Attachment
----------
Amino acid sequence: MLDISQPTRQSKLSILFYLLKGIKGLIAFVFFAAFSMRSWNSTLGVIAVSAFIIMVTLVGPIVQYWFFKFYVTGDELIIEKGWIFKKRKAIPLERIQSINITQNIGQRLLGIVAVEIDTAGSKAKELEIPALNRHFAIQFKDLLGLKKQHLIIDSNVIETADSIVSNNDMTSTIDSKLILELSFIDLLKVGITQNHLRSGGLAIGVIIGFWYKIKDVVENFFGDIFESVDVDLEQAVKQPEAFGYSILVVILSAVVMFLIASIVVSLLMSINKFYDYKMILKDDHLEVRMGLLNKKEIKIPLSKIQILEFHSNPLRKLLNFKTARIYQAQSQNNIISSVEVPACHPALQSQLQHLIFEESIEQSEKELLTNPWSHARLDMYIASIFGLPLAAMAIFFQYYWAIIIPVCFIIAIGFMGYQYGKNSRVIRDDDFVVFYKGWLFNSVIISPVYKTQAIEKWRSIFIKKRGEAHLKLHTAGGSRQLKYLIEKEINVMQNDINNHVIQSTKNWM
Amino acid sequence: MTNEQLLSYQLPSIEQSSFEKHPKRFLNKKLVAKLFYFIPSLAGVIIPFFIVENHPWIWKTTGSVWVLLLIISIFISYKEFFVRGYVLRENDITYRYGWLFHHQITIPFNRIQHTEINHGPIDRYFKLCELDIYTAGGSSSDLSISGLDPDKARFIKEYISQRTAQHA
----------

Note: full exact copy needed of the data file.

Amino acid sequence: MLDISQPTRQSKLSILFYLLKGIKGLIAFVFFAAFSMRSWNSTLGVIAVSAFIIMVTLVGPIVQYWFFKFYVTGDELIIEKGWIFKKRKAIPLERIQSINITQNIGQRLLGIVAVEIDTAGSKAKELEIPALNRHFAIQFKDLLGLKKQHLIIDSNVIETADSIVSNNDMTSTIDSKLILELSFIDLLKVGITQNHLRSGGLAIGVIIGFWYKIKDVVENFFGDIFESVDVDLEQAVKQPEAFGYSILVVILSAVVMFLIASIVVSLLMSINKFYDYKMILKDDHLEVRMGLLNKKEIKIPLSKIQILEFHSNPLRKLLNFKTARIYQAQSQNNIISSVEVPACHPALQSQLQHLIFEESIEQSEKELLTNPWSHARLDMYIASIFGLPLAAMAIFFQYYWAIIIPVCFIIAIGFMGYQYGKNSRVIRDDDFVVFYKGWLFNSVIISPVYKTQAIEKWRSIFIKKRGEAHLKLHTAGGSRQLKYLIEKEINVMQNDINNHVIQSTKNWM
Amino acid sequence: MTNEQLLSYQLPSIEQSSFEKHPKRFLNKKLVAKLFYFIPSLAGVIIPFFIVENHPWIWKTTGSVWVLLLIISIFISYKEFFVRGYVLRENDITYRYGWLFHHQITIPFNRIQHTEINHGPIDRYFKLCELDIYTAGGSSSDLSISGLDPDKARFIKEYISQRTAQHA